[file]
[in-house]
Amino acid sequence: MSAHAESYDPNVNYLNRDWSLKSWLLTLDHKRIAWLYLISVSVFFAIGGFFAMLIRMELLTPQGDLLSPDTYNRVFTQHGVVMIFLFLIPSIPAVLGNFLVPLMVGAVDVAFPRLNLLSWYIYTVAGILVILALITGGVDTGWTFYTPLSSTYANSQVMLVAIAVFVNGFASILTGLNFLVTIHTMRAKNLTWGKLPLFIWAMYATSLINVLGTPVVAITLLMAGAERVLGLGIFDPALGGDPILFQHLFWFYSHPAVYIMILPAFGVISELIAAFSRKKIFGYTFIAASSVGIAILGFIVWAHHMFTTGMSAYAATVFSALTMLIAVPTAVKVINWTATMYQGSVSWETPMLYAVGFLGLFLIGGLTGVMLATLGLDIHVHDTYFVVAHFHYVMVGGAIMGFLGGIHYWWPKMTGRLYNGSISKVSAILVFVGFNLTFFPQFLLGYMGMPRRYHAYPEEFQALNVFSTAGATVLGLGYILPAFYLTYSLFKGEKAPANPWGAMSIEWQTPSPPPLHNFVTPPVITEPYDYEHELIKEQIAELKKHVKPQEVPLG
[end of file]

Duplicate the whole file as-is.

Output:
[in-house]
Amino acid sequence: MSAHAESYDPNVNYLNRDWSLKSWLLTLDHKRIAWLYLISVSVFFAIGGFFAMLIRMELLTPQGDLLSPDTYNRVFTQHGVVMIFLFLIPSIPAVLGNFLVPLMVGAVDVAFPRLNLLSWYIYTVAGILVILALITGGVDTGWTFYTPLSSTYANSQVMLVAIAVFVNGFASILTGLNFLVTIHTMRAKNLTWGKLPLFIWAMYATSLINVLGTPVVAITLLMAGAERVLGLGIFDPALGGDPILFQHLFWFYSHPAVYIMILPAFGVISELIAAFSRKKIFGYTFIAASSVGIAILGFIVWAHHMFTTGMSAYAATVFSALTMLIAVPTAVKVINWTATMYQGSVSWETPMLYAVGFLGLFLIGGLTGVMLATLGLDIHVHDTYFVVAHFHYVMVGGAIMGFLGGIHYWWPKMTGRLYNGSISKVSAILVFVGFNLTFFPQFLLGYMGMPRRYHAYPEEFQALNVFSTAGATVLGLGYILPAFYLTYSLFKGEKAPANPWGAMSIEWQTPSPPPLHNFVTPPVITEPYDYEHELIKEQIAELKKHVKPQEVPLG